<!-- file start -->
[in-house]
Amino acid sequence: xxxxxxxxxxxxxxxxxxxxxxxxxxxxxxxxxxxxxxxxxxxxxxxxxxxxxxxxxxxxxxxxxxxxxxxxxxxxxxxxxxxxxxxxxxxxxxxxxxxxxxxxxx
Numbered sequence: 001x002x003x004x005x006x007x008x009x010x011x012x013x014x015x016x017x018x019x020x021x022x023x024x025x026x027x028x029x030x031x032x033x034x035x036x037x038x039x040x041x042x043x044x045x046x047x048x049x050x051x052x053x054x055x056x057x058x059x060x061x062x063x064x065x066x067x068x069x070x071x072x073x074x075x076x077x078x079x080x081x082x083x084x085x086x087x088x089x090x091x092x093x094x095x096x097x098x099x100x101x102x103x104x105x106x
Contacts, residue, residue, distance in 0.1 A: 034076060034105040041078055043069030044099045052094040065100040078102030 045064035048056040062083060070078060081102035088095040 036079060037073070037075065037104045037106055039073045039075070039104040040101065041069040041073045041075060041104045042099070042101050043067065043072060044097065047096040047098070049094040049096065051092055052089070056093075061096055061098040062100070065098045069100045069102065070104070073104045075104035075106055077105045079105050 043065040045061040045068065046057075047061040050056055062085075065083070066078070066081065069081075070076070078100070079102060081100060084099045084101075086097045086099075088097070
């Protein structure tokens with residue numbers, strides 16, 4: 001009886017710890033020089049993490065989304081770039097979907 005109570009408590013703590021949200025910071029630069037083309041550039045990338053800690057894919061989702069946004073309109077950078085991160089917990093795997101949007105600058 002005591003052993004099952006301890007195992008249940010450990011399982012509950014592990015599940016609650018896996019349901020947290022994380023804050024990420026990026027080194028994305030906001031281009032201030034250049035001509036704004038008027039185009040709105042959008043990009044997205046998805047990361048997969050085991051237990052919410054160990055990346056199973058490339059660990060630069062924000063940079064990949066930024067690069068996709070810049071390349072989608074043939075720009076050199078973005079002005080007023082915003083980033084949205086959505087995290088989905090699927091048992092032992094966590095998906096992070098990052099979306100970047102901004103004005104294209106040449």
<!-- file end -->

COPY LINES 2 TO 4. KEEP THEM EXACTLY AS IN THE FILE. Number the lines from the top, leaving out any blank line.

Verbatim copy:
Amino acid sequence: xxxxxxxxxxxxxxxxxxxxxxxxxxxxxxxxxxxxxxxxxxxxxxxxxxxxxxxxxxxxxxxxxxxxxxxxxxxxxxxxxxxxxxxxxxxxxxxxxxxxxxxxxx
Numbered sequence: 001x002x003x004x005x006x007x008x009x010x011x012x013x014x015x016x017x018x019x020x021x022x023x024x025x026x027x028x029x030x031x032x033x034x035x036x037x038x039x040x041x042x043x044x045x046x047x048x049x050x051x052x053x054x055x056x057x058x059x060x061x062x063x064x065x066x067x068x069x070x071x072x073x074x075x076x077x078x079x080x081x082x083x084x085x086x087x088x089x090x091x092x093x094x095x096x097x098x099x100x101x102x103x104x105x106x
Contacts, residue, residue, distance in 0.1 A: 034076060034105040041078055043069030044099045052094040065100040078102030 045064035048056040062083060070078060081102035088095040 036079060037073070037075065037104045037106055039073045039075070039104040040101065041069040041073045041075060041104045042099070042101050043067065043072060044097065047096040047098070049094040049096065051092055052089070056093075061096055061098040062100070065098045069100045069102065070104070073104045075104035075106055077105045079105050 043065040045061040045068065046057075047061040050056055062085075065083070066078070066081065069081075070076070078100070079102060081100060084099045084101075086097045086099075088097070